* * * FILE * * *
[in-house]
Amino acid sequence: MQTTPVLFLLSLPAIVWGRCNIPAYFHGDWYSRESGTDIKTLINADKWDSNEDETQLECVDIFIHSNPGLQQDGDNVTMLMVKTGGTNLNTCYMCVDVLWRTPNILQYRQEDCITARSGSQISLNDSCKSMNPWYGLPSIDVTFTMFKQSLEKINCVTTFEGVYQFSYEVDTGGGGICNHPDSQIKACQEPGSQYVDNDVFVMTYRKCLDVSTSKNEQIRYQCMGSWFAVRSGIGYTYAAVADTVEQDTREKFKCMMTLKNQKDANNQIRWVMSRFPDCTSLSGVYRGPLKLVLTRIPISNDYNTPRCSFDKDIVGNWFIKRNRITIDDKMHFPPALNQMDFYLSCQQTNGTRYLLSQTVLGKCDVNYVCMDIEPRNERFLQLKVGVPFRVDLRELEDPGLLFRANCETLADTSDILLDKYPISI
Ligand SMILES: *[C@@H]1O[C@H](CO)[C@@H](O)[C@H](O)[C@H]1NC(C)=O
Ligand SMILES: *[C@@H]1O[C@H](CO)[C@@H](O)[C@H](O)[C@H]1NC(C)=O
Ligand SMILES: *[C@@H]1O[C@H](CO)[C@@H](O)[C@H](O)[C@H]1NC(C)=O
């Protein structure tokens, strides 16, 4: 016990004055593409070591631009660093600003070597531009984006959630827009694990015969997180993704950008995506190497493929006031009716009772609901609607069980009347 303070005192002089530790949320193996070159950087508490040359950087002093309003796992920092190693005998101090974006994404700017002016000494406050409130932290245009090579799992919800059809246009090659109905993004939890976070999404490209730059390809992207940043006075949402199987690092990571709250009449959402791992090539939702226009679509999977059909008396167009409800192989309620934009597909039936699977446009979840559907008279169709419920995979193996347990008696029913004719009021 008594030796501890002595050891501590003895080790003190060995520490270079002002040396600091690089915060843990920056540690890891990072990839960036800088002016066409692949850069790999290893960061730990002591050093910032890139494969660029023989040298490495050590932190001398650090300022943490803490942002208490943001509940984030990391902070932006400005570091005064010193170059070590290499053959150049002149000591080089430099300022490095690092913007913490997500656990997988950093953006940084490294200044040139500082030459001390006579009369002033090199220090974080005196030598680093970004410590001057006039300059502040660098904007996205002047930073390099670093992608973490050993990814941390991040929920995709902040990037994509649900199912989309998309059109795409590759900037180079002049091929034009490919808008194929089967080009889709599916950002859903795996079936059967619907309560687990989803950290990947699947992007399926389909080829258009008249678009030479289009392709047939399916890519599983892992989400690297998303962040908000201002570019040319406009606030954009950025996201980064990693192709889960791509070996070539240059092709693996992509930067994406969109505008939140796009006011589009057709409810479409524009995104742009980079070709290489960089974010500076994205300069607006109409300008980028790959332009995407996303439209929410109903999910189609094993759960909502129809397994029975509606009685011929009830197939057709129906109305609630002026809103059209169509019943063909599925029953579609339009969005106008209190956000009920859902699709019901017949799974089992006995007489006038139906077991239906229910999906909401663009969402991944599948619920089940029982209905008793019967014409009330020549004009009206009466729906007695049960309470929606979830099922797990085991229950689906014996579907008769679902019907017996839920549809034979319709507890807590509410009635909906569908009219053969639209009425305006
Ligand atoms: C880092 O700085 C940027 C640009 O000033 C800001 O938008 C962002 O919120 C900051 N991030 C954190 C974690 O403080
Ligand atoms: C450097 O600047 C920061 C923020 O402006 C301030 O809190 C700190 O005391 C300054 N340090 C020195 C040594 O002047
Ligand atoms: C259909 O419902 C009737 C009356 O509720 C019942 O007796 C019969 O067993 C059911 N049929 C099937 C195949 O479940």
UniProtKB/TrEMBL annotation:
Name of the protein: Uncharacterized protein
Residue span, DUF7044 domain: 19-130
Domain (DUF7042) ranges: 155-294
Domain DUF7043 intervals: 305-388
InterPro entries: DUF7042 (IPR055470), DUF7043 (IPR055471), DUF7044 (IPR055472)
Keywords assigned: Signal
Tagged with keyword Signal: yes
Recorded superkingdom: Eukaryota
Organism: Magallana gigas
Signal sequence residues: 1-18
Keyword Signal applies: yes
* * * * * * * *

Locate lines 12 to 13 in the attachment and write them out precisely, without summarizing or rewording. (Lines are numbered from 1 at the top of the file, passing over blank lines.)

Residue span, DUF7044 domain: 19-130
Domain (DUF7042) ranges: 155-294